About 80 percent of the time, says Flemister, patients or families ask pastoral care associates to pray with them. They are trained to consider cultural understandings of illness among Christians, Jews, Muslims and Buddhists. "Some eastern religions have concepts that it was ordained before they were born that they were going to have this illness," Flemister explains. "But in Christianity, calling upon the name of Christ may have benefits for healing." Pastoral care associates are also sensitized to the feelings and attitudes of atheists, agnostics and individuals who do not profess allegiances to a specific denomination.
They are instructed in hospital routine, so they fit into it rather than interfere with it. Pastoral care associates also receive extensive training in communications skills.
Effect on outcomes
As meaningful as this personal touch can be to patients and families, what has it meant to HIP? Though cost-containment was not the driving force behind the creation of the program, HIP will soon begin a scientific study of recovery times for members who have had bypass surgery and have requested pastoral services. Flemister expects the results to show that those receiving pastoral care are out of the hospital faster and back on their feet more quickly than those who are not visited by pastoral care associates.
That's just the kind of information HMO executives say they would want to see before considering whether to provide coverage for spiritual practices. In a recent Yankelovich survey conducted for the Radnor, Pa.-based John Templeton Foundation, 76 percent of executives said they would need evidence of clinical effectiveness before such consideration could be given. Not that health plan managers aren't open to the idea: Three fourths thought the positive effects of spirituality on medical treatment can lower health care costs. And 94 percent said they believe that personal prayer, meditation or other spiritual practices can accelerate the healing process.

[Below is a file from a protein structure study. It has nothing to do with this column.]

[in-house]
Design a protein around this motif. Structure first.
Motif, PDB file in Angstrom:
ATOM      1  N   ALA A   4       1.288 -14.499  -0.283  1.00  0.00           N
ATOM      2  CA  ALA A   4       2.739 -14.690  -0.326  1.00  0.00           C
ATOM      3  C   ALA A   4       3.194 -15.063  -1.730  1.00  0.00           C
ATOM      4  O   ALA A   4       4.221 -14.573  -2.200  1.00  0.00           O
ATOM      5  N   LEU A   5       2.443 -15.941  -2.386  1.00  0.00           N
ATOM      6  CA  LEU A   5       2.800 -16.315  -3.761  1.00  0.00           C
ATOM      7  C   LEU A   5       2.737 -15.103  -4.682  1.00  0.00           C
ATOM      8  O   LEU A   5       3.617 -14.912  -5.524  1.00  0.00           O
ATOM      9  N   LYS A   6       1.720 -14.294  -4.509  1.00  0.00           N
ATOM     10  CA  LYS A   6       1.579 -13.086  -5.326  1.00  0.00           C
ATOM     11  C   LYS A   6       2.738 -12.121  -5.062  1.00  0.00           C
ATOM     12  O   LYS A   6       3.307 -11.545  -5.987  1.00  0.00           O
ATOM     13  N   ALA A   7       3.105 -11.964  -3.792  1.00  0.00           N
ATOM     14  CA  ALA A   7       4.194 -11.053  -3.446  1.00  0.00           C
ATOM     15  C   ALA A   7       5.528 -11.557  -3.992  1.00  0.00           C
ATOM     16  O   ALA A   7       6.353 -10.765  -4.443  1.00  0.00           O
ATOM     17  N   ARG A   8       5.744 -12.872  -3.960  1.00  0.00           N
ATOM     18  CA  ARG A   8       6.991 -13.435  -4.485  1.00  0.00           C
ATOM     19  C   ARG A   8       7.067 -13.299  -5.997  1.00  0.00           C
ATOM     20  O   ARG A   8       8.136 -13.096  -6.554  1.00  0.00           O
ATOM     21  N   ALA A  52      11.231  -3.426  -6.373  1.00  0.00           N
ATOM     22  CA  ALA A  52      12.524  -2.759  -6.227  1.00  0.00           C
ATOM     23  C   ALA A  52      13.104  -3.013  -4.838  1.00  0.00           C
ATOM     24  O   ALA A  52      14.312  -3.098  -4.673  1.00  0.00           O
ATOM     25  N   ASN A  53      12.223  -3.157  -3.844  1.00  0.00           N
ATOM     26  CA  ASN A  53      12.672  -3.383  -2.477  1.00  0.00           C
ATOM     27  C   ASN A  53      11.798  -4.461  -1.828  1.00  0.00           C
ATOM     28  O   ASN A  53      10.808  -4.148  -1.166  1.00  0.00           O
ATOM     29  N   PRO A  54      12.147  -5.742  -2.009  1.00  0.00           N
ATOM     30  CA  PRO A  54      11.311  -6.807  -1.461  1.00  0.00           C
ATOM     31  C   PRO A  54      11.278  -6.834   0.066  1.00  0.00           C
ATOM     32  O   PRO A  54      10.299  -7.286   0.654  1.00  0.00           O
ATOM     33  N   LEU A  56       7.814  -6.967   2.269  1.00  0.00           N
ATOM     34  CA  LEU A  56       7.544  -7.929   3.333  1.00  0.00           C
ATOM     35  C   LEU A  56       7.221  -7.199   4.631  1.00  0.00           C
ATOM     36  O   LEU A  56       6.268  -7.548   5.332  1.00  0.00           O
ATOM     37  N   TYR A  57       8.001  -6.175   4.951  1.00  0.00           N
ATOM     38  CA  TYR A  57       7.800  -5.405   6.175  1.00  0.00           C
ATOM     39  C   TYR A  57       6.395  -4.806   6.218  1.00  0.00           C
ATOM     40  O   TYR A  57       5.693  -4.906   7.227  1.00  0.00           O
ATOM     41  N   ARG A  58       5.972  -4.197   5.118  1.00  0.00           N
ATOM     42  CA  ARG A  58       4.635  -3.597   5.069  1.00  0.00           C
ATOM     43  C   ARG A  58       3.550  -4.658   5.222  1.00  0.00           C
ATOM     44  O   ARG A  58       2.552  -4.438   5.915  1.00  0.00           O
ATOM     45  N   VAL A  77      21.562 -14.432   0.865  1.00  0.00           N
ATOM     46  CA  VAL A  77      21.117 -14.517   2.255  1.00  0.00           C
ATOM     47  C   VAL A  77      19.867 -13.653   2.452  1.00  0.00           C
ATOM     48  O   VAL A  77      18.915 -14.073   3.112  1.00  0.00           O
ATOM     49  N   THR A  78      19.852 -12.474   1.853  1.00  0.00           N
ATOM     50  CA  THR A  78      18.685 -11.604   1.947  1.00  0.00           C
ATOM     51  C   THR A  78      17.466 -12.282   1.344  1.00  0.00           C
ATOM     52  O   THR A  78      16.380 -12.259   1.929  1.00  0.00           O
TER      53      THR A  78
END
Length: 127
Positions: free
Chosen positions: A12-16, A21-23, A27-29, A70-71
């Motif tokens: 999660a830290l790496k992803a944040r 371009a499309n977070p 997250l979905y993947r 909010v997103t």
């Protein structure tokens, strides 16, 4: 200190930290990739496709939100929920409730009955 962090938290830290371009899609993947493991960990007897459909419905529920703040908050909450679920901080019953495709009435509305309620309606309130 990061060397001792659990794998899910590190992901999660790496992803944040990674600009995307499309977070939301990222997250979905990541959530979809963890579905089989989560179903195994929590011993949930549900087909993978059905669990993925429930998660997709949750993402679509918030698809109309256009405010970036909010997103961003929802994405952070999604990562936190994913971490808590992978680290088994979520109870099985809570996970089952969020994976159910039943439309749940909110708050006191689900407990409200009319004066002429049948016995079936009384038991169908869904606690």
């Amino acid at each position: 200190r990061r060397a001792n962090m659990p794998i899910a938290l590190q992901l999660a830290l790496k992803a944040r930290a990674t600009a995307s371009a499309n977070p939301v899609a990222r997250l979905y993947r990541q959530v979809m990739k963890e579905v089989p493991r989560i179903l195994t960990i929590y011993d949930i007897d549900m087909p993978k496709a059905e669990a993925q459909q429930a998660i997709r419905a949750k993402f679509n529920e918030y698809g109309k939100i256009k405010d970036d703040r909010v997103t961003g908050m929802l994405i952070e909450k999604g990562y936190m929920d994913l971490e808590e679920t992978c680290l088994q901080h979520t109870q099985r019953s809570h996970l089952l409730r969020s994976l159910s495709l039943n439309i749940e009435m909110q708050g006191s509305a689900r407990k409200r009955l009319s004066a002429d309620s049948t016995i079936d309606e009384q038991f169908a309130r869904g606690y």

"In God we trust. All others must have data," quipped Burton Singerman, M.D., director of psychiatry at St. Francis Medical Center in Pittsburgh, while lecturing on spirituality and recovery at Belmont Center for Comprehensive Treatment in Philadelphia last December. Singerman, whose Harvard medical training is supplemented with a master of public health from Johns Hopkins, commented that he sensed a renewed attitude in the academic and medical communities that spirituality, as a complement to and not a replacement for medicine, can keep people from feeling "completely lost by technology." Can HMOs be far behind in this thinking?
"When I went to medical school, for anyone to discuss spirituality in a health care context would have been unprofessional. What's happening is that the medical profession — and therefore those involved in funding medical care --is beginning to pay attention to what patients are saying," says John Templeton, M.D., president of the Templeton Foundation. "Patients' spiritual perspectives have a great impact on their health."
The foundation funds scientific research exploring the connection between spirituality and healing. It's a connection Templeton thinks that more health plans might find worth a long look. "HMOs have a scientific as well as an ethical responsibility to fund primary research that can have an effect on quality and cost-effectiveness of patient care," he says. "They need to have a paradigm change in their commitment to their role in supporting patient care."